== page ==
Boxes. Folders. Clutter. We’re all surrounded by it. The worst part is that it creeps up on us. One day, you’ve just got a few documents askew. Three weeks later, your home resembles an episode of Hoarders.
The worst part is that it doesn’t have to be that way. Yes, fighting the ever-ongoing growing pile of stuff is a battle, but it’s one you can win. All you need are a few decent strategies and a healthy dose of willpower.
Marie Kondo is a Japanese organizing consultant/Internet sensation, and it’s all thanks to her surreally soothing Netflix series, Tidying Up with Marie Kondo. Part of her success derives from the fact that she’s got strategies for everything, from sorting out sock drawers, to decluttering long-neglected garages.
Her motto is now famous: “Does it spark joy?” This one question informs her approach to housework, but it’s one you can apply elsewhere, particularly in your home office as you remove clutter.
As you pick up each item while organizing your office or bedroom, ask yourself if you really need it, and if you can live without it. Depending on the answer, you’ll know whether it belongs on your desk, or in the trash bin.
If you’re working or sleeping in a small space, you’ll quickly find that storage becomes a scarce commodity. One possible solution is to place shelves and units in dead space within your room, adding utility to areas that otherwise have been neglected.
The best way to do that is to think vertically. Rather than place an object – like a shelving unit – on your floor, consider installing shelves above your desk. If you’re living in a rented apartment, or your office manager won’t let you take an electric drill to the wall, you can instead use a strong construction adhesive. You can pick this up at a hardware store for a few dollars, and can easily remove it later down the line with a blow dryer and a paint scraper.
And if you’ve got the budget, consider replacing existing pieces of furniture – like short bookcases and armoires – with taller equivalents. Yes, it’s a bit expensive, but so is moving to a bigger house, or renting a larger office.
Clutter is unavoidable, but haven’t you noticed how it tends to congregate in the places where you spend the most time? Your desk, your kitchen table, and even among your feet in your living room while you watch re-runs of Say Yes to The Dress?
In many cases, the items that bog you down are unavoidable. The best way to handle that is to use your existing surface space in the most efficient way possible. For example, if you’re bogged down with documents and mail that you need to physically handle, you could invest in a letter tray. If your desk is askew with cables, a small blob of the playdough-like Sugru can help create an impromptu cable organizer. If you’re still hanging onto your old paper magazines, consider purchasing a cheap cardboard organizer.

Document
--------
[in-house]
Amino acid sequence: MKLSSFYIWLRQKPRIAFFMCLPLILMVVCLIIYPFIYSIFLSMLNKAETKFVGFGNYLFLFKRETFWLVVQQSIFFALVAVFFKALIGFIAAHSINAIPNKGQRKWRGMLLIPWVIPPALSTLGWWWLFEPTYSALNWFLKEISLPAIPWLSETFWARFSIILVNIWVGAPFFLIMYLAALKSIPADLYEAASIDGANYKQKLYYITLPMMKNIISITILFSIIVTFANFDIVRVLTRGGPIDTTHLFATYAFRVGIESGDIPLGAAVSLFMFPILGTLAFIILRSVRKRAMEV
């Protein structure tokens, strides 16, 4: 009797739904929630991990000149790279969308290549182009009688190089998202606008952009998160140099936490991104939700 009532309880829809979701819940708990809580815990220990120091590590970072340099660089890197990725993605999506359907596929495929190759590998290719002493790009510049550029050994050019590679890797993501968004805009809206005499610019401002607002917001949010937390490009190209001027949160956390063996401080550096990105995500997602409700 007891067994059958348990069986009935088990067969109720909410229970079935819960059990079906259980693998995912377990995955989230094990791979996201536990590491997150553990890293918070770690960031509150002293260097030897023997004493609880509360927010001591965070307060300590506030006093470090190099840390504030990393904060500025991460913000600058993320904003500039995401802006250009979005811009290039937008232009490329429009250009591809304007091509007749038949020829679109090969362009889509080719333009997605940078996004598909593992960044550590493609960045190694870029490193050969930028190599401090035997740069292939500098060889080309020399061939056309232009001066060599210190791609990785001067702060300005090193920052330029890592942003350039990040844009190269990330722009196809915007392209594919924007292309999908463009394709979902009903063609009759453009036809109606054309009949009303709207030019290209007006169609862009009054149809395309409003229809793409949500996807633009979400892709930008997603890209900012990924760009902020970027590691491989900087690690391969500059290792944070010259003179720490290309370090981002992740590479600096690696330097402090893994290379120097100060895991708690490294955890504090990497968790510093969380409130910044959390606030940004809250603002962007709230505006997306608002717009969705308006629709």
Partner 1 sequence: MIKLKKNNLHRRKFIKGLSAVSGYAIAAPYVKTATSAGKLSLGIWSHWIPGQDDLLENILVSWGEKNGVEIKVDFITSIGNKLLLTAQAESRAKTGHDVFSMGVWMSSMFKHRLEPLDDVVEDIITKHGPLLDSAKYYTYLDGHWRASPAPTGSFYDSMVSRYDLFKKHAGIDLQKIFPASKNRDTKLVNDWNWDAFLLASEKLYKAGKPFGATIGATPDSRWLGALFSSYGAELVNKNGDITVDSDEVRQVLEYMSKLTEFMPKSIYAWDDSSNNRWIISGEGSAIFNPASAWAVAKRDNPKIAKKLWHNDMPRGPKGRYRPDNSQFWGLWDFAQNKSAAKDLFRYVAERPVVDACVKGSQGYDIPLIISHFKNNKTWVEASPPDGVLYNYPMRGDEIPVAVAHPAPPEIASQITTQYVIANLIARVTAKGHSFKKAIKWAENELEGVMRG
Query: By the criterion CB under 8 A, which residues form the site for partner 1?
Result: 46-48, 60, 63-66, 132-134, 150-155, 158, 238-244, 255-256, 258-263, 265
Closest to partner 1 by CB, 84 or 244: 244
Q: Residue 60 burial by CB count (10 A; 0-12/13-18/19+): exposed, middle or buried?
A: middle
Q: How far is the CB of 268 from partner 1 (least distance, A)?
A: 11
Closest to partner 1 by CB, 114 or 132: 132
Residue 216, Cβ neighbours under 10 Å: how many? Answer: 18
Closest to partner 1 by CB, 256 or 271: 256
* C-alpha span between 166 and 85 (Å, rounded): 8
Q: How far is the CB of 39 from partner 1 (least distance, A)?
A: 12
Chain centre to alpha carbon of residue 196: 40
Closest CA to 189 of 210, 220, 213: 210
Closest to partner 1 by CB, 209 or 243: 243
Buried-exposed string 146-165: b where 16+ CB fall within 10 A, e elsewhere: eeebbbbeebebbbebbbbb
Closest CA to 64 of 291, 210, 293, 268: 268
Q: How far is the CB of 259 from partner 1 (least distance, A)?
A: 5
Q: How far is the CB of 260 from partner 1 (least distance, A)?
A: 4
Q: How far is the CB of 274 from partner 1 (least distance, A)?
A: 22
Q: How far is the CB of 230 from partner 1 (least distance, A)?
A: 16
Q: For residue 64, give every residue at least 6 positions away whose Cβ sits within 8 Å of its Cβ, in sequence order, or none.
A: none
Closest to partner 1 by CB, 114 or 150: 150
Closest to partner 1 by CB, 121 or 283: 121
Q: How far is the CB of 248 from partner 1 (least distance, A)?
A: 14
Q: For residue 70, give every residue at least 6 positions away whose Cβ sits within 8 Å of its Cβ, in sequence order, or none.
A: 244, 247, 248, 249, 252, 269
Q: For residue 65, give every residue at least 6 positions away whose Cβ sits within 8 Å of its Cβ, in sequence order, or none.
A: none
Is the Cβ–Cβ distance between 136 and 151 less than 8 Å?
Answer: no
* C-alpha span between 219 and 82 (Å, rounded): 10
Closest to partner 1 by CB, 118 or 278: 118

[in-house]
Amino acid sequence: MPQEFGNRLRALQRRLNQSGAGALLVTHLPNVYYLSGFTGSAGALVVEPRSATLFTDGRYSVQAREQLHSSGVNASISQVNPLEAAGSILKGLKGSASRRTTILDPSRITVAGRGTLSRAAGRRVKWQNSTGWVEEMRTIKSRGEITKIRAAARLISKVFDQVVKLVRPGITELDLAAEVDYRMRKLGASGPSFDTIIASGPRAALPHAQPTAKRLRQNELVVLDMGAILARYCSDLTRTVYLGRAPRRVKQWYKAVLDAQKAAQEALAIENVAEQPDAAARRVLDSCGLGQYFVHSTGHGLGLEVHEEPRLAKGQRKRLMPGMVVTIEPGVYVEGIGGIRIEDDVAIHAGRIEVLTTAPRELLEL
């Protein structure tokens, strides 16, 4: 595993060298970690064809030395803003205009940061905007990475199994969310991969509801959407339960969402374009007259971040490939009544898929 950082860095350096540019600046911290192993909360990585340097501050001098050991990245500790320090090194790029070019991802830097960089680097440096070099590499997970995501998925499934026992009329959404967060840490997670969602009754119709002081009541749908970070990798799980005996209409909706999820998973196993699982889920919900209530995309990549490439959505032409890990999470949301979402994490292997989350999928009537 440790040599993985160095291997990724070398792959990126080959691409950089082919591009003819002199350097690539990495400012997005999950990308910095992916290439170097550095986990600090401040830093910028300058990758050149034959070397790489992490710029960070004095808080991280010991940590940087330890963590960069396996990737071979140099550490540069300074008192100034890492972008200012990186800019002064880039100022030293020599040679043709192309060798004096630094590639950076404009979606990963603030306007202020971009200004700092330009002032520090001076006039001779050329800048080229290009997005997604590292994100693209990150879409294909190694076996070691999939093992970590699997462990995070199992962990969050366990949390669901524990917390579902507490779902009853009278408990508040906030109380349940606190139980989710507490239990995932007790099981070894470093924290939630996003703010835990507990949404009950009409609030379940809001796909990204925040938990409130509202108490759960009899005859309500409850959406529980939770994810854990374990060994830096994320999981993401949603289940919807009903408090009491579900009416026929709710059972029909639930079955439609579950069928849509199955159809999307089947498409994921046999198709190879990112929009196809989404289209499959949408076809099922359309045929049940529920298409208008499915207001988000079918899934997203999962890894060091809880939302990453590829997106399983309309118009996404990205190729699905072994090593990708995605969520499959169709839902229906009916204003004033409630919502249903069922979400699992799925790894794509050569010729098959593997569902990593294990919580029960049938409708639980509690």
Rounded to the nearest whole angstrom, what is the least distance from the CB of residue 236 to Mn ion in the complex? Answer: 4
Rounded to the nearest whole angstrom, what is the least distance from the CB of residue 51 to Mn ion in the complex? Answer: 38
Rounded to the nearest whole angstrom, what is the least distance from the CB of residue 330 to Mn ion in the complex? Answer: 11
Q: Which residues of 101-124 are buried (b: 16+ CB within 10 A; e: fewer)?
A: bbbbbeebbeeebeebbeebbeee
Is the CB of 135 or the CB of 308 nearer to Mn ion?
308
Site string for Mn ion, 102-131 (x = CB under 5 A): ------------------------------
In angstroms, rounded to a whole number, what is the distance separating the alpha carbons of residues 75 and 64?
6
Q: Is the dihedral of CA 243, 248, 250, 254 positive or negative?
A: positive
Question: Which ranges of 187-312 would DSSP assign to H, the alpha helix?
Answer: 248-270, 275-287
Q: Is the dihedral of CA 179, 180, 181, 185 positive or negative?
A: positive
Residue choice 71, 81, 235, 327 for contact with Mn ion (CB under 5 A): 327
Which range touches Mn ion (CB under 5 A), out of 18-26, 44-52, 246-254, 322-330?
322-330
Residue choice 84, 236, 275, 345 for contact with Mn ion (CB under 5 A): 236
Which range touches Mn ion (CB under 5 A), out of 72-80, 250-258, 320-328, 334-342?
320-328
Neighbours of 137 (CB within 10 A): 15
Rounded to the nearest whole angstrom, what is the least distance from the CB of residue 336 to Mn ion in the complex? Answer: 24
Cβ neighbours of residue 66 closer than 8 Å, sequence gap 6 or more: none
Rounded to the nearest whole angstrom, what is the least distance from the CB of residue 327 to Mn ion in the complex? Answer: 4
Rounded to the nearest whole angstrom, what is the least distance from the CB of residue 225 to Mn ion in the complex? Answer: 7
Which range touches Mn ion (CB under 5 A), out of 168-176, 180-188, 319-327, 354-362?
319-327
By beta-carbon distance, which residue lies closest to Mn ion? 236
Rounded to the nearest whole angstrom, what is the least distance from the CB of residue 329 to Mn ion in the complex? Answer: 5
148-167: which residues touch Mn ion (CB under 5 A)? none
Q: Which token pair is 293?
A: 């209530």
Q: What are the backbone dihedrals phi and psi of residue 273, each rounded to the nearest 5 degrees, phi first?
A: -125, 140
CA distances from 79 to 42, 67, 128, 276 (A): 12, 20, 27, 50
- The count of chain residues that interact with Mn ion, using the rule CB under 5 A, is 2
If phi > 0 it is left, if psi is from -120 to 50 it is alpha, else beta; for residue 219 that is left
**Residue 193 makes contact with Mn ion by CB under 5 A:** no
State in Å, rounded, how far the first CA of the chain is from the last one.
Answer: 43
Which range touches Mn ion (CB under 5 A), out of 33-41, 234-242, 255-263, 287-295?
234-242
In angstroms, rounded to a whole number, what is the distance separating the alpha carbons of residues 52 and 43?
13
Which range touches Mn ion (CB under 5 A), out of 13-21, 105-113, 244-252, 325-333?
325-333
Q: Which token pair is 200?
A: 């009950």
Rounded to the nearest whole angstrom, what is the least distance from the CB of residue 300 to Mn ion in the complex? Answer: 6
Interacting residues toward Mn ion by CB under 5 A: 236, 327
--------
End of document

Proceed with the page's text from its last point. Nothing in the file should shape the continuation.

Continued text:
Even in the digital era, paper remains a pervasive foe. You may still be receiving your bank or credit card paper statements, rather than environmentally friendly (and cheaper!) electronic statements. Most banks allow you to select electronic versions on the website. You may have to print and sign forms for your child’s school, like field trip permission statements. And you may receive regular statements from your utility providers, like the gas and water companies.
Make no mistake, those documents are hugely important, but do you really need to preserve the dead-tree original? In many cases, you don’t.
And that’s a good thing, for two reasons: firstly, documents are one of the most common manifestations of the beast we know as clutter. Secondly, digitizing them is ridiculously easy. One of the best tools for digitizing your paper clutter is Fujitsu ScanScap line of cloud-enabled document scanners.
And if you’re looking for something compact, the ScanSnap iX100 won’t take up much of your scarce room, and will allow you to blaze through your paperwork in a matter of minutes, sending a pixel-perfect facsimile to your home computer or preferred cloud storage provider (like Box or Dropbox). You can create a digital copy, and then, without a pang of regret, securely shred the original.
Trust me, your office will thank you.